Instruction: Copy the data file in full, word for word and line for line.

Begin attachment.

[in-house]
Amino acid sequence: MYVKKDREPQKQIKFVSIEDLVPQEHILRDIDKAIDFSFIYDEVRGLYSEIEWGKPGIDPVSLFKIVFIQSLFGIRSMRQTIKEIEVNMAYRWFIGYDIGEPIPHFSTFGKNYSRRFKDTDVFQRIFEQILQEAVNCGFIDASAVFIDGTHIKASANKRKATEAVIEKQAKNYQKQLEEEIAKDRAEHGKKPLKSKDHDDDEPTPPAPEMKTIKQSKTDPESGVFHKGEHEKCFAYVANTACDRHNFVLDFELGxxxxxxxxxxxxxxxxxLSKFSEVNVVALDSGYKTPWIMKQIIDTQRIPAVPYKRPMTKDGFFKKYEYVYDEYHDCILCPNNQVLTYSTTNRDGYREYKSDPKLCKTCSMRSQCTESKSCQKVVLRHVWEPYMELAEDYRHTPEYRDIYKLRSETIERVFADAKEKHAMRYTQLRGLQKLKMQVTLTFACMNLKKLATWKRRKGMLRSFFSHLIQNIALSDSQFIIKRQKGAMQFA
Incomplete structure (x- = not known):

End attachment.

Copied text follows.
[in-house]
Amino acid sequence: MYVKKDREPQKQIKFVSIEDLVPQEHILRDIDKAIDFSFIYDEVRGLYSEIEWGKPGIDPVSLFKIVFIQSLFGIRSMRQTIKEIEVNMAYRWFIGYDIGEPIPHFSTFGKNYSRRFKDTDVFQRIFEQILQEAVNCGFIDASAVFIDGTHIKASANKRKATEAVIEKQAKNYQKQLEEEIAKDRAEHGKKPLKSKDHDDDEPTPPAPEMKTIKQSKTDPESGVFHKGEHEKCFAYVANTACDRHNFVLDFELGxxxxxxxxxxxxxxxxxLSKFSEVNVVALDSGYKTPWIMKQIIDTQRIPAVPYKRPMTKDGFFKKYEYVYDEYHDCILCPNNQVLTYSTTNRDGYREYKSDPKLCKTCSMRSQCTESKSCQKVVLRHVWEPYMELAEDYRHTPEYRDIYKLRSETIERVFADAKEKHAMRYTQLRGLQKLKMQVTLTFACMNLKKLATWKRRKGMLRSFFSHLIQNIALSDSQFIIKRQKGAMQFA
Incomplete structure (x- = not known):